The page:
Freedom does not mean anarchy. If an individual killed somebody through negligence, they would be held liable, perhaps even criminally so. If an individual poisoned others, there would be charges filed. Individuals who go about the business of intentionally addicting folks to drugs are considered prime targets of law enforcement. When they cheat other people out of their money, skim profits, and otherwise steal, there is an accounting to be made, so to speak. Yet we allow corporations to deceive, pollute, steal, and take money by deception on account of how important these companies are to our economy.

Does that strike anybody as a subservient way to live? We did not fight to get out from under a bunch of nobles, just to reestablish a similar class system under another bunch of of self-appointed important people who are a law to themselves.

If we are being poisoned, or our environment is being blighted more than it has to be, do we not deserve some counterbalancing influence on our side? If we are dying because of machinery or merchandise that's faulty, why should we lack for a way to redress our grievances? If we are losing money through some fellow's fraud or deception, shouldn't we have the kind of recourse a person confronting a common criminal does?

What good is letting these people off going to do us, if the consequences of their prosperity is our ruin? We cannot pre-program the system to give everybody equal wealth and prosperity, but we can ensure that the greater liability in business practices rests with those that are known to be harmful to the public's interests.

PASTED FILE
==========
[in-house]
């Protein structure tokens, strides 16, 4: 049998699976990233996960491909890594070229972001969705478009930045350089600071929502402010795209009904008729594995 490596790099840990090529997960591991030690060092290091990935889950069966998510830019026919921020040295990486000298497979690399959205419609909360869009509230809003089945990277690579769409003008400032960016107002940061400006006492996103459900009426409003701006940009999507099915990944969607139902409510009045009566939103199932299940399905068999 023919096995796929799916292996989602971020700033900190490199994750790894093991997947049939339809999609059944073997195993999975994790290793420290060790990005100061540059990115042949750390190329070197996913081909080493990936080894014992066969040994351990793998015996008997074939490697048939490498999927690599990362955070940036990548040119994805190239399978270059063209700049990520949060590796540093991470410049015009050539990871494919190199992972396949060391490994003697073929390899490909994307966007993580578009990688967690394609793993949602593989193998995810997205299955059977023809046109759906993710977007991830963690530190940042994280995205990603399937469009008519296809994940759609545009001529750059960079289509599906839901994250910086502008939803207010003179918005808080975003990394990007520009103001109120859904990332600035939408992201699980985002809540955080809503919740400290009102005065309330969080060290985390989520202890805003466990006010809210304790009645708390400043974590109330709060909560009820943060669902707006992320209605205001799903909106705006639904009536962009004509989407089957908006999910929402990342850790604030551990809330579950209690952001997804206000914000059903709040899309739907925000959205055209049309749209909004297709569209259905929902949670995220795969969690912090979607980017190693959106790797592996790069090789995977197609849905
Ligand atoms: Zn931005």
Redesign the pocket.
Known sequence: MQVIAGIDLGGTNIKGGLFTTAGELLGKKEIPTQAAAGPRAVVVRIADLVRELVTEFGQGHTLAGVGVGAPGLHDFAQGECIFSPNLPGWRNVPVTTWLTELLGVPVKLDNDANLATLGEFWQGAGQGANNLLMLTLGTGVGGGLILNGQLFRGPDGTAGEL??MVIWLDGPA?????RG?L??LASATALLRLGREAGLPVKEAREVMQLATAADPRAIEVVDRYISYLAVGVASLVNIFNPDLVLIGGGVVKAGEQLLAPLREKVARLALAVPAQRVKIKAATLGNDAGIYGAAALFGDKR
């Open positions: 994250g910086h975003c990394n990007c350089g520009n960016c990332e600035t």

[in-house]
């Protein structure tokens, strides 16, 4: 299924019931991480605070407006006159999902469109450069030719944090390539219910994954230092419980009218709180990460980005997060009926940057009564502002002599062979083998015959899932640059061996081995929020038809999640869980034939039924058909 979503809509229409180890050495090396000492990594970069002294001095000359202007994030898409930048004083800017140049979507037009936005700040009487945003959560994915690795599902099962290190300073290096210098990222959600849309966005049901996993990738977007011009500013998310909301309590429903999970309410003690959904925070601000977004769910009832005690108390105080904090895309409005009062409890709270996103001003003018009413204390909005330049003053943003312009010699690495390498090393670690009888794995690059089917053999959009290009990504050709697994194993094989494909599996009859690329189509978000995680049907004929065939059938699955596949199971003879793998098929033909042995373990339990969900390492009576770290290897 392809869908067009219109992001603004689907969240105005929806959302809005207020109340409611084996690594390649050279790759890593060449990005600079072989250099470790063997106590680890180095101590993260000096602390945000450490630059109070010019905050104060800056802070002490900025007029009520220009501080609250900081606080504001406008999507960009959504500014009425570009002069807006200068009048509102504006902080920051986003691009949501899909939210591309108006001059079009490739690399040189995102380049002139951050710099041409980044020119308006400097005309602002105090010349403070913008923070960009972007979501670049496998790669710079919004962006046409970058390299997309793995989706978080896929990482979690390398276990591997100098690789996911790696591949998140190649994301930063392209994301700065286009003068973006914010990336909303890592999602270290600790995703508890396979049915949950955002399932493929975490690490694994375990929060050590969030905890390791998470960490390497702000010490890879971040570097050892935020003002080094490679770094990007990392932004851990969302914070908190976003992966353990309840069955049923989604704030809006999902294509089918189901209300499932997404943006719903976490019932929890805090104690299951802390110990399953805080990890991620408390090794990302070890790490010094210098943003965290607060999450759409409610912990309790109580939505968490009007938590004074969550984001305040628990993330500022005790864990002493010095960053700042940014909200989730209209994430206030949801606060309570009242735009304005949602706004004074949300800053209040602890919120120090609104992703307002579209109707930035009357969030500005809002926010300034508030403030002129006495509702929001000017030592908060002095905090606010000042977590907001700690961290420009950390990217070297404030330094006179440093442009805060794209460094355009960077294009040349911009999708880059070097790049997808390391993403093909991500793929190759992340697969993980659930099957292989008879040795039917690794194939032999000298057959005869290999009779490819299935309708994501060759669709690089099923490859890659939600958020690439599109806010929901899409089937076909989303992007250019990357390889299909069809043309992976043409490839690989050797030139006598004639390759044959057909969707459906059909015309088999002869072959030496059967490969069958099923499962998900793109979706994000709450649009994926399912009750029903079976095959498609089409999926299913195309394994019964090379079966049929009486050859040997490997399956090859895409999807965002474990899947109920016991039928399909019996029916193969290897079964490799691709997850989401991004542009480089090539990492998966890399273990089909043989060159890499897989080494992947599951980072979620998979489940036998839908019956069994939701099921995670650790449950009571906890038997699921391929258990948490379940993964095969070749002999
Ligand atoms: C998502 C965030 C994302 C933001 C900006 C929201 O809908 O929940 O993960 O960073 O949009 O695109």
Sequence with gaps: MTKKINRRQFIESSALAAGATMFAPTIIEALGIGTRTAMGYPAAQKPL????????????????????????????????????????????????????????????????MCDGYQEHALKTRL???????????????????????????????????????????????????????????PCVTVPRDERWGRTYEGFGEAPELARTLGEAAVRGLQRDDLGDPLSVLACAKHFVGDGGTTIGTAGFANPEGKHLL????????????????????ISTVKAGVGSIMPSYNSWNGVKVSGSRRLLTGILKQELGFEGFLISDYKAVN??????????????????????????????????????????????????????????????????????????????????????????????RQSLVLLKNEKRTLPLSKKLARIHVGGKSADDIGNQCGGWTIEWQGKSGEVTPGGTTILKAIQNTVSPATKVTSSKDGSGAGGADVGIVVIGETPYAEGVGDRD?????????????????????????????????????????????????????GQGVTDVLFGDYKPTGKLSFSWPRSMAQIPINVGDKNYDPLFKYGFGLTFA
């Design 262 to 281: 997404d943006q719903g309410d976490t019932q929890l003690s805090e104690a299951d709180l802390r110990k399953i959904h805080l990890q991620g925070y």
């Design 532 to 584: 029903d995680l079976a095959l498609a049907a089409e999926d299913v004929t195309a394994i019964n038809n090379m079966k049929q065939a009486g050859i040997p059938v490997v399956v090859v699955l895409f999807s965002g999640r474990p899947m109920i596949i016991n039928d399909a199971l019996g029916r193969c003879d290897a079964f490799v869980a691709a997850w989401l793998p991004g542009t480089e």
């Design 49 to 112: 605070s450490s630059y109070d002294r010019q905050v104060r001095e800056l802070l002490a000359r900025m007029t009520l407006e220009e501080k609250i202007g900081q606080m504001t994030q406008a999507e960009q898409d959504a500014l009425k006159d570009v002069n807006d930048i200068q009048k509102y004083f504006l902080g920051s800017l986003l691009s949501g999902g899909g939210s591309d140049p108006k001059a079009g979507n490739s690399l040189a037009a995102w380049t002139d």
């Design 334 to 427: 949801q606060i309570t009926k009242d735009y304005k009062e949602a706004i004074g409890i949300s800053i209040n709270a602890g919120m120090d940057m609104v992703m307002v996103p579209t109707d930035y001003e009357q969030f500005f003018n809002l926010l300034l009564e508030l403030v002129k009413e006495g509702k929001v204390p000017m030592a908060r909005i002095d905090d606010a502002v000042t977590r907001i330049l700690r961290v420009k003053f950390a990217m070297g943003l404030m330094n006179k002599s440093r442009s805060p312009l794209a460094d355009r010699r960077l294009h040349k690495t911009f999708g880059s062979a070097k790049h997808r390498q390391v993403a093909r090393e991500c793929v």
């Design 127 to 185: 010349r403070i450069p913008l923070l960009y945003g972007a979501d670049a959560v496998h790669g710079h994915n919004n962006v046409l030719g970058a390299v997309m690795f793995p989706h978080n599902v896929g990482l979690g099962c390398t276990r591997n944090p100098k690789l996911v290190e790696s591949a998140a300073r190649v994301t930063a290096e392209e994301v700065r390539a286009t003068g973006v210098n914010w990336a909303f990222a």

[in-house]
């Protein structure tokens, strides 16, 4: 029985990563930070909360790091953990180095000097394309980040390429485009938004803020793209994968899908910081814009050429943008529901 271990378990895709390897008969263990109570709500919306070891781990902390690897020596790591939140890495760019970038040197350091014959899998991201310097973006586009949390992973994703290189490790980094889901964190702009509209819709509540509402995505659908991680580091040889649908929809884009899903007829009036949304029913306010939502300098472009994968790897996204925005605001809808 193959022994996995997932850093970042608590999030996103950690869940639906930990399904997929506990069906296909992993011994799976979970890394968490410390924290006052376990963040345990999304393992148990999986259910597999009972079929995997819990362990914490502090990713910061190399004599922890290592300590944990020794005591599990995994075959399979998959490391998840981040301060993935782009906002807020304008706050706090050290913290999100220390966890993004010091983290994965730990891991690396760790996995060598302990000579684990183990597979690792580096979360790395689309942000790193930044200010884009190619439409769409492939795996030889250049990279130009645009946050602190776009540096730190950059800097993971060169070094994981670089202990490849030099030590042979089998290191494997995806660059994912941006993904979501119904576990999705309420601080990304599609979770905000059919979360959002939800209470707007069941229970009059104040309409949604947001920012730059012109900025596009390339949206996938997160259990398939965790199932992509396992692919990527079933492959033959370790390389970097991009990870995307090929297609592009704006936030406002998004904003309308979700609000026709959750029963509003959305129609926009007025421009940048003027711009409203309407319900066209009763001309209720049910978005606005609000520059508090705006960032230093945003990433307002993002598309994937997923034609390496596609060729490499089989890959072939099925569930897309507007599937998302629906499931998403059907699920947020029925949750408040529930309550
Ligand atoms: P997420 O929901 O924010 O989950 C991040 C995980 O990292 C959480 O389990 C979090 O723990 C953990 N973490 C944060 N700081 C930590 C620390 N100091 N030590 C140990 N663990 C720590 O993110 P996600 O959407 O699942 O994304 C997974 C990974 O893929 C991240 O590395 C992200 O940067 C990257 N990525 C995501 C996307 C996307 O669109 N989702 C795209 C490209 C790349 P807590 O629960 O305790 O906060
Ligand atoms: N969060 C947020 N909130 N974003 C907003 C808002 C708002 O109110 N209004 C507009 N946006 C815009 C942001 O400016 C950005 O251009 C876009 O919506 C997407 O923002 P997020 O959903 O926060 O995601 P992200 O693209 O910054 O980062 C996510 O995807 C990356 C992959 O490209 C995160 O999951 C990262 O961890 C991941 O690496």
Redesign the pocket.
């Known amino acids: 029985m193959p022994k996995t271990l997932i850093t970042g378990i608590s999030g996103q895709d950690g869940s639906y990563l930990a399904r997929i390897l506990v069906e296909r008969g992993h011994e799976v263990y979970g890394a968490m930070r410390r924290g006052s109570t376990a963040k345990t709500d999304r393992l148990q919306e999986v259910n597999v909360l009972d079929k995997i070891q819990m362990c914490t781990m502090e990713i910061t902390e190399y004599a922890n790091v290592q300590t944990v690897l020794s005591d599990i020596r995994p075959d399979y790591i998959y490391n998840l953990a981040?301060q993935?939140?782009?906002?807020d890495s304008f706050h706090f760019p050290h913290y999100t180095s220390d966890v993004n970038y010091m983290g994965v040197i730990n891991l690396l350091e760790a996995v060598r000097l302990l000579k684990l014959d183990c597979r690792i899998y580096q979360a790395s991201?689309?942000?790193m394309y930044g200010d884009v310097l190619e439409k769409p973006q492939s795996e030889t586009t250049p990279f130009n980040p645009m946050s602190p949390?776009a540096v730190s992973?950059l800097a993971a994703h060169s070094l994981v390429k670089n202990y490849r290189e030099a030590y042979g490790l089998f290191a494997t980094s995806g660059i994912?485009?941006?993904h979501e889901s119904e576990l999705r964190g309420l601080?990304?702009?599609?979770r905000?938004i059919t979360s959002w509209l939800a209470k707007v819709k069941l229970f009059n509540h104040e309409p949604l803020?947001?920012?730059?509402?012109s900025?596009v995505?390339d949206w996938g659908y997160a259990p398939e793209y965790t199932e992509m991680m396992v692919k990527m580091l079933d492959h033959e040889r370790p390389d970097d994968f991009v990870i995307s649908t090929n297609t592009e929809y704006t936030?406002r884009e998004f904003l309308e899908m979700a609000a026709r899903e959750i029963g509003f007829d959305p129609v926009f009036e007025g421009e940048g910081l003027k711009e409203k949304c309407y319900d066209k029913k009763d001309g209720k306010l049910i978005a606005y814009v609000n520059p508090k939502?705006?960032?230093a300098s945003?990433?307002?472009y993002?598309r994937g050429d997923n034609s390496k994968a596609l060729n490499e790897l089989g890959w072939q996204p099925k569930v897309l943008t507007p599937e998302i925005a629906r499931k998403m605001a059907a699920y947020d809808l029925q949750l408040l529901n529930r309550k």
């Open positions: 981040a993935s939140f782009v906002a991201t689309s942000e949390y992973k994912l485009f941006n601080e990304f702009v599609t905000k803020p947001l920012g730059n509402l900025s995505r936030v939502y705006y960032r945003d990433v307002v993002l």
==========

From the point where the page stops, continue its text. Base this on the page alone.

Right now, the GOP complains about the flood of lawsuits. They shouldn't. It is only a natural consequence of their refusal to defemd the public's interests before the bad things happen. Our politicians have allowed standards to slip, and have eliminated regulations that would have interfered with such bad behavior. So what do people do? They take the ones who have harmed them to court. Of course, now the GOP wants to reduce or eliminate even that course of action. What then? What can the American people do to safeguard their interests then?

The GOP should think long and hard about the results of surpressing such discontent. If people cannot find justice, they will find more desperate and radical means of righting the balance. The laissez faire attitudes of the late Nineteenth and early Twentieth Century lead to the enormous backlash of liberalism that lasted for nearly half a century.

Even if FDR did not single-handedly take us out of the depression, he did satisfy the public's wish to regain its power over those who ruled their lives. The Regulations that shackled business were their regulations. The radical changes that FDR brought were supported by the public's mandate, and that public mandate extended from the pain and suffering that rogue business practices and selfish behavior inspired in the average working citizen.

I might say, "If the GOP wants to store up such resentment, fine by me", but I would much rather not have the worst come to pass before we remember the best in ourselves. It use to be there were values and responsibilities held that transcended the world of dollars and cents, loyalties to customers, employees, God and Country that meant something. There still can be. We just have to remember that it is business's role to serve the customer, the public, and the investor, not the other way around.

Posted by Stephen Daugherty at April 23, 2005 9:30 AM